BOCA RATON, FLA. — With more than $2 billion in net sales across more than 130 countries, Cereal Partners Worldwide, a joint venture between Minneapolis-based General Mills, Inc. and Vevey, Switzerland-based Nestle S.A., is “nicely profitable” and “a growing source of cash return to its two parent companies,” said Chris O’Leary, executive vice-president and chief operating officer, international, General Mills.

In a Feb. 18 presentation at the Consumer Analyst Group of New York conference in Boca Raton, Mr. O’Leary discussed the role of C.P.W. as part of General Mills’ rapid international expansion. He also announced David P. Homer has been named chief executive officer of C.P.W. Mr. Homer will succeed Jeffrey L. Harmening, who earlier this year was tapped to take over as executive vice-president and chief operating officer of U.S. Retail following the retirement of Ian Friendly.

Mr. Homer joined General Mills in 1987 as a financial analyst in the corporate growth and development department where he worked on divestiture and acquisition activity before moving into marketing in 1989.  He held a variety of marketing positions within General Mills, including marketing manager for Big G New Enterprises, where he was responsible for new cereal products, and he was marketing director for the Flour and Baking Mixes business unit. He later became managing director of Australasia, where he was responsible for the company’s operations in Australia and New Zealand, including the manufacturing, distribution and sales of Old El Paso Mexican Foods, Latina and Frescarini fresh pasta products, Betty Crocker dessert mixes and van den Bergh’s frozen dough products. Most recently he has been senior vice-president, president, of General Mills Canada, since 2008.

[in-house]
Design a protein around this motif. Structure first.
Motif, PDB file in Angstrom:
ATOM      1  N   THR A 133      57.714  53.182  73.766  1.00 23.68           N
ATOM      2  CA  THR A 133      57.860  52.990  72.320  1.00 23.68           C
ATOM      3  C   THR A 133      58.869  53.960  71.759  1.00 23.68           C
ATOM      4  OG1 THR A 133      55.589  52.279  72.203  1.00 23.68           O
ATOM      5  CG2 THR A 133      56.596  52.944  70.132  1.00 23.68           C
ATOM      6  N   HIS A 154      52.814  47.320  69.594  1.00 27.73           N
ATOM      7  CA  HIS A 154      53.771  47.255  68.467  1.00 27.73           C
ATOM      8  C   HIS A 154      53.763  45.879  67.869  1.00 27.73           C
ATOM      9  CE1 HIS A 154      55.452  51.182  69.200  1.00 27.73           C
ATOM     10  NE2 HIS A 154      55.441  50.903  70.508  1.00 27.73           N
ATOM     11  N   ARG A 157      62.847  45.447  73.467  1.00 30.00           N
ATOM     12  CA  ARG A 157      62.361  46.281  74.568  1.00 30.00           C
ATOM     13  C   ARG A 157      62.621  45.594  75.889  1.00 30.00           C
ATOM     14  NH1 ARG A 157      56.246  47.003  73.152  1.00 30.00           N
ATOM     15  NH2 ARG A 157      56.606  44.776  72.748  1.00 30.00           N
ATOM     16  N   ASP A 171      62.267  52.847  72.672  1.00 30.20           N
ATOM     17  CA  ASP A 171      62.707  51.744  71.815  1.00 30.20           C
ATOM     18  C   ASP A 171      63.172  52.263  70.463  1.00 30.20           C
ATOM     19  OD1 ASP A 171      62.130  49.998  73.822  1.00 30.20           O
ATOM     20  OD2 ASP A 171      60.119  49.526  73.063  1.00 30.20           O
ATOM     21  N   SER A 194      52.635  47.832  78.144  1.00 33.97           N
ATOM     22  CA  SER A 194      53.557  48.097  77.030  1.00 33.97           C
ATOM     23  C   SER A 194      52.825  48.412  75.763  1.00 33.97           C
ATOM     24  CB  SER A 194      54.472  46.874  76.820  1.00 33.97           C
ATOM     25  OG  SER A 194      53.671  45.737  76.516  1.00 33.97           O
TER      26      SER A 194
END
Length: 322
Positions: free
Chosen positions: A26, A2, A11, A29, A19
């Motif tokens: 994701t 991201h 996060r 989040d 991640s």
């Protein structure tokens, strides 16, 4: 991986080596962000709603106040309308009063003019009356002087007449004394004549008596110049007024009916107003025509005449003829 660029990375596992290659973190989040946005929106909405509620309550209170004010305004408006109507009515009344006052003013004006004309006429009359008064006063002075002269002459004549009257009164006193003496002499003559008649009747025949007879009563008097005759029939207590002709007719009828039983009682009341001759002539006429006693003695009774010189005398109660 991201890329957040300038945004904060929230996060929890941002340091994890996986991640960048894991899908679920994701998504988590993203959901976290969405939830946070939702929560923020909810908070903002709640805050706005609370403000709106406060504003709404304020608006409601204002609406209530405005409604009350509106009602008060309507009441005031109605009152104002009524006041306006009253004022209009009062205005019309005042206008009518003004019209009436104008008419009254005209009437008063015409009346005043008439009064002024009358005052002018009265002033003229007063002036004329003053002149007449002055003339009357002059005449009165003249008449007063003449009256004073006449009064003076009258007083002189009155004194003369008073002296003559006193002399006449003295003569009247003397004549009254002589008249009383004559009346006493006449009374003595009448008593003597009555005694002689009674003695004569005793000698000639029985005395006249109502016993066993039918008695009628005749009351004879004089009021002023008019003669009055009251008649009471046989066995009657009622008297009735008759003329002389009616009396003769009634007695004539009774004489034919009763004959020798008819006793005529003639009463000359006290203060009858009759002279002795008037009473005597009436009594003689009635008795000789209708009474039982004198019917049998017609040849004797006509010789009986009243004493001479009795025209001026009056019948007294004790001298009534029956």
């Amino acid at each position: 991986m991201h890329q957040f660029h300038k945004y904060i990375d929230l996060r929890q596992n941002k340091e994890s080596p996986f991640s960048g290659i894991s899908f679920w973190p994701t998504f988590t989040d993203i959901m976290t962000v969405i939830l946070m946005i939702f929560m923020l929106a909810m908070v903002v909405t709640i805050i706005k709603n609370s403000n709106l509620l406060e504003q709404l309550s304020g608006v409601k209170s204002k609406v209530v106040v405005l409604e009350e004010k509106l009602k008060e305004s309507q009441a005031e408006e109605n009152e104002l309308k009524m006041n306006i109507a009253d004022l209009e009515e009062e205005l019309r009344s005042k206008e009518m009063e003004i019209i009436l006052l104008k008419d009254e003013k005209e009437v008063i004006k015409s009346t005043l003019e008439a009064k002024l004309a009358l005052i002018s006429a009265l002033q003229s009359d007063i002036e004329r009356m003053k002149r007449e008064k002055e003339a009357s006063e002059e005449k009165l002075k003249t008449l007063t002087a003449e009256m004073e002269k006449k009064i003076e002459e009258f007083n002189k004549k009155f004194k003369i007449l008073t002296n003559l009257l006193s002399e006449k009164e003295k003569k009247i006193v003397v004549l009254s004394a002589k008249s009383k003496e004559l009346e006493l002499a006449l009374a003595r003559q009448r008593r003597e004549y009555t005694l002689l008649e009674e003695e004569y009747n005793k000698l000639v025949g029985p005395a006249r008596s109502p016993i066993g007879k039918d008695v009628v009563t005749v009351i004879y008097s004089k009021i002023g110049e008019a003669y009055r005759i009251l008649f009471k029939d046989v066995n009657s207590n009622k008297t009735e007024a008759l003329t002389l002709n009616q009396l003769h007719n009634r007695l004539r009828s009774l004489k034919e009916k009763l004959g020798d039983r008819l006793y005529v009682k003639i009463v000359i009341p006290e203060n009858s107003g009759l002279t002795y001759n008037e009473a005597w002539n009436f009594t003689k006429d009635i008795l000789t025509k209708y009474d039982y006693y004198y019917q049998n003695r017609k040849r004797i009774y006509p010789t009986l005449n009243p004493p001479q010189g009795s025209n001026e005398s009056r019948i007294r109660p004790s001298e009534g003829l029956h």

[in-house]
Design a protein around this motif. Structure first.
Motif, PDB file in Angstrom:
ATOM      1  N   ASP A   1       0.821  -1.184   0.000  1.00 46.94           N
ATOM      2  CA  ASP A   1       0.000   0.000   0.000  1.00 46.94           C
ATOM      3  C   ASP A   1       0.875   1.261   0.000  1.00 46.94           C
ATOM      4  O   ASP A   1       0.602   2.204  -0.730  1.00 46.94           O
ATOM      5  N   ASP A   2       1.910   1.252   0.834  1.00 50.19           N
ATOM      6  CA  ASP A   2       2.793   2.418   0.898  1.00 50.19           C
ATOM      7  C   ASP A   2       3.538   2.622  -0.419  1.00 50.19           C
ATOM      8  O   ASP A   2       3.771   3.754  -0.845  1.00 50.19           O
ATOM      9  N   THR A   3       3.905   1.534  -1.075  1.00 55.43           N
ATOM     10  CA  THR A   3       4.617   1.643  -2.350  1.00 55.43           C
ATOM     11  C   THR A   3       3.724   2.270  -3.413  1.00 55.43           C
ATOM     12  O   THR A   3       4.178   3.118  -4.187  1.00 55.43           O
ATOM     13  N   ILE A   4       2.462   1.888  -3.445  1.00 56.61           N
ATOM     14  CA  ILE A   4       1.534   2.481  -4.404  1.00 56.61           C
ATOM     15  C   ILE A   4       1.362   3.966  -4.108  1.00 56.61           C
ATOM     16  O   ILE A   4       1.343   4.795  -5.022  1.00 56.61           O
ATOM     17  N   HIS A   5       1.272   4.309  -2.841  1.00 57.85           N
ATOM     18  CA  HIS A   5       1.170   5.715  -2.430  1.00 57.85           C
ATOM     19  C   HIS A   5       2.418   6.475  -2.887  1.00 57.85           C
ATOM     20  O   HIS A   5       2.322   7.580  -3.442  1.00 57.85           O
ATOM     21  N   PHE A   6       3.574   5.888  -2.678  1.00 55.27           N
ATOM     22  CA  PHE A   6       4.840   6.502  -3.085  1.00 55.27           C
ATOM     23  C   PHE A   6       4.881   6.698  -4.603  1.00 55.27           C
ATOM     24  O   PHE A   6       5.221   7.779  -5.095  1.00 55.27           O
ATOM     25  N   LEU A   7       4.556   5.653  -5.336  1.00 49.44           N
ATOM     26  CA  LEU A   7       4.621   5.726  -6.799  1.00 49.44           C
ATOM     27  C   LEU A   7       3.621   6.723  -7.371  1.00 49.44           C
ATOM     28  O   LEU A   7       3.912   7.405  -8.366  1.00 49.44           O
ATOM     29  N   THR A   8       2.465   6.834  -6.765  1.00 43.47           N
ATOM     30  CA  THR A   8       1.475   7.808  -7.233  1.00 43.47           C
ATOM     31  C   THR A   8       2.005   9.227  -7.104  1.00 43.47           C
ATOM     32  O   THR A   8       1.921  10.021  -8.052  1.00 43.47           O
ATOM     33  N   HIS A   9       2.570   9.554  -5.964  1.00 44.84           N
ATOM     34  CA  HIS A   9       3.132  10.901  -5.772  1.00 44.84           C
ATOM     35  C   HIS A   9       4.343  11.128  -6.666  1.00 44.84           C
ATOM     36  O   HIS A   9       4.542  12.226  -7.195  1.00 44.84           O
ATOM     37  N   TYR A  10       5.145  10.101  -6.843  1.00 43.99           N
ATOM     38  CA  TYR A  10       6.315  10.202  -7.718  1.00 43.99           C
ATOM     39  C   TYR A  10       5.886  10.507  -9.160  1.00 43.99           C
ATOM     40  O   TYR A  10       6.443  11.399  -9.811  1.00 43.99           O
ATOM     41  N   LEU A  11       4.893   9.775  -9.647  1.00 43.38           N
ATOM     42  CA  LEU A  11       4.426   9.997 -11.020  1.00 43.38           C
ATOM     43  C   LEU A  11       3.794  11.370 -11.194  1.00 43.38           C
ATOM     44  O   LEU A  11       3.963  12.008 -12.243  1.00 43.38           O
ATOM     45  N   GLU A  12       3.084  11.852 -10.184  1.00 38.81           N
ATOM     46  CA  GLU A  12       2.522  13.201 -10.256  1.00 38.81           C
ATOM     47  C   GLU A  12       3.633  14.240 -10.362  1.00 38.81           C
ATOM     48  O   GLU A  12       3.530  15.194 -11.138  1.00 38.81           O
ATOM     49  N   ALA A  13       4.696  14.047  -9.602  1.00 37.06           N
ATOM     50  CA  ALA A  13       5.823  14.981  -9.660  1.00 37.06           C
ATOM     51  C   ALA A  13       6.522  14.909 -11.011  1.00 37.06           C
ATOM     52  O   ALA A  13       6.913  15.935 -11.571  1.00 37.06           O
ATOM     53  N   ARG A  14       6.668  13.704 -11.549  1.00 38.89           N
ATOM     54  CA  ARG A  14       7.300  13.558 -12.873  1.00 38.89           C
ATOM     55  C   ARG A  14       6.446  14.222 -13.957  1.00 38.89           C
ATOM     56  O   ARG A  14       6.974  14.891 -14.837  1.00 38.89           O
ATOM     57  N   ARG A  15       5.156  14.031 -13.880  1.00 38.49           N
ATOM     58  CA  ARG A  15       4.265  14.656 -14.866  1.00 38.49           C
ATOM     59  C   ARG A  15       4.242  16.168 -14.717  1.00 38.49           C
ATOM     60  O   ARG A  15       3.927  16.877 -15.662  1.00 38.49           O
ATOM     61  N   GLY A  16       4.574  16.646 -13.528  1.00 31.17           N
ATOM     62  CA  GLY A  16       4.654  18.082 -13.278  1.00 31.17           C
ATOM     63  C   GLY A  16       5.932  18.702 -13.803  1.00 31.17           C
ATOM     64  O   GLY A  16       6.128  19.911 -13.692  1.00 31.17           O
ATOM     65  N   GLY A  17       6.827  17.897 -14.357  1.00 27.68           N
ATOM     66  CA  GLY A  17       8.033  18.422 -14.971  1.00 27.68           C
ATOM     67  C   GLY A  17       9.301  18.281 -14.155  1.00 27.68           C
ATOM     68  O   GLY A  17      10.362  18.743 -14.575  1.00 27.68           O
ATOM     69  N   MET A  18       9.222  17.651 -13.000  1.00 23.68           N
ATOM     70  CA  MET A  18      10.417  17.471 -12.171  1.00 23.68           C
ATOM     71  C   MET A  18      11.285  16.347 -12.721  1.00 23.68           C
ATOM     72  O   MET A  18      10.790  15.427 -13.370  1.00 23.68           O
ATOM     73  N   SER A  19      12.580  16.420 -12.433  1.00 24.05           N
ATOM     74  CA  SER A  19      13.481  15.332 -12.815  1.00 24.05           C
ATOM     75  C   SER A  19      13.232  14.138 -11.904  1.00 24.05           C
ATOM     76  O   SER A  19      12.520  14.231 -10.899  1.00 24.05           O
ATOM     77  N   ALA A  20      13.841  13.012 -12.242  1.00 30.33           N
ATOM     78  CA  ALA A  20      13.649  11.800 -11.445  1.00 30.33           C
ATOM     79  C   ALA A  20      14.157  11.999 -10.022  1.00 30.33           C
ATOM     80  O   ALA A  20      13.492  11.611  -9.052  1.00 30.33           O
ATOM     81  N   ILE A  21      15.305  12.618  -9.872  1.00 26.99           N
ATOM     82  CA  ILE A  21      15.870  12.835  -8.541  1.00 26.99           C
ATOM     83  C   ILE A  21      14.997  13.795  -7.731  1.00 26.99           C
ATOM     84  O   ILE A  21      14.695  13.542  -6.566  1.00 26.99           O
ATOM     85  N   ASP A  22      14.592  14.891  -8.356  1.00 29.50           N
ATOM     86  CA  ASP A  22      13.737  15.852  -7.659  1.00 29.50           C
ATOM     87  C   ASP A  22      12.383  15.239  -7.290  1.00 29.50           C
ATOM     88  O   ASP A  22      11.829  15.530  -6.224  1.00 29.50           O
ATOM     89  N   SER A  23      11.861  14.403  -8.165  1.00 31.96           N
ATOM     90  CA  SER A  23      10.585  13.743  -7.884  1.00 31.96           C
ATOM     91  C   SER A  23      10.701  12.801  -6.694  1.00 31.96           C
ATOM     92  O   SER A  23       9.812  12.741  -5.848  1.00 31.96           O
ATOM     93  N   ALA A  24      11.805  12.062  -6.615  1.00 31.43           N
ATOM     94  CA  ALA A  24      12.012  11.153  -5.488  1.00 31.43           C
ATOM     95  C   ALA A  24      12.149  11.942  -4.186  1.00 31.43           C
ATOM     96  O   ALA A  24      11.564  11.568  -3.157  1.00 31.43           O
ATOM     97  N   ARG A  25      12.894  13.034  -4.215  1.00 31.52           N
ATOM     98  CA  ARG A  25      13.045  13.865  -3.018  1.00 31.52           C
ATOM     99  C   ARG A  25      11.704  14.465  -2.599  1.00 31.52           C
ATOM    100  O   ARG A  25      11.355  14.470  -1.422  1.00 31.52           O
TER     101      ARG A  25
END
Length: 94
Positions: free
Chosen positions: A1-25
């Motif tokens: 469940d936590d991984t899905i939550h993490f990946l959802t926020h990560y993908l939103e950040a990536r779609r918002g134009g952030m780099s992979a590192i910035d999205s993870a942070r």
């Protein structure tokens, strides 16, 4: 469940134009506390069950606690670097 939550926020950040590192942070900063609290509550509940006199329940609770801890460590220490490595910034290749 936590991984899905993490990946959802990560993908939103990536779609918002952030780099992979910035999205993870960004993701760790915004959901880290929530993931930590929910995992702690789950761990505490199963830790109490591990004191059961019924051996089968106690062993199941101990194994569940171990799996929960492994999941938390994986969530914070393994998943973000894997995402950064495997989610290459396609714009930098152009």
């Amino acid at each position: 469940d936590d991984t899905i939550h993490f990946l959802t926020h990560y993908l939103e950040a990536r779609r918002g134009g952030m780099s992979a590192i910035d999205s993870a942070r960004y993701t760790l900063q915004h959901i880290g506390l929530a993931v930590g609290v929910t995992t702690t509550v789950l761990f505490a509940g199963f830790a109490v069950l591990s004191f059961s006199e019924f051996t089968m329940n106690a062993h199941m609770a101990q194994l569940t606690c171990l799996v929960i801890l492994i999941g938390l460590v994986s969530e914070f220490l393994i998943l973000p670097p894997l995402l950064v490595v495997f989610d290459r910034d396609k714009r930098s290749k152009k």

As head of C.P.W., Mr. O’Leary said Mr. Homer’s focus will be on three main strategies to drive top-line growth: Investing in core brands that have global scale, bringing health news and innovation to the category, and building leading share positions in the world’s emerging cereal markets.

Speaking to the last strategy, Mr. O’Leary said, “In Indonesia, we are teaching moms about the health and nutrition credentials of the cereal category. Our advertising compares the nutrition of a cereal breakfast to common local choices. Last February, Cereal Partners Indonesia partnered with the National Association of Nutritionists to promote the first ever national breakfast week. This initiative helped drive retail sales growth of 30% for CP Indonesia and increased market share by 150 basis points to an impressive 84% of the category.

“Cereal can deliver on the consumer need for weight management solutions as well. In Brazil, we are leveraging all of the science that shows people who make cereal a regular part of their breakfast have lower body mass indexes. We invested in a (heavy-up) plan for the Nesfit franchise in Rio, a region whose consumers over-index on weight management interest. The results were encouraging. Nesfit volume doubled in Rio during the campaign, growing twice as fast of the rest of the market. In total, Cereal Partners Brazil retail sales grew 9% for calendar 2013.”

Established in 1990, C.P.W. has nearly 5,000 employees, a global network of facilities and a 22% value share of the global cereal category. Its brands include Fitness, Nesquick, Cheerios and Chocapic.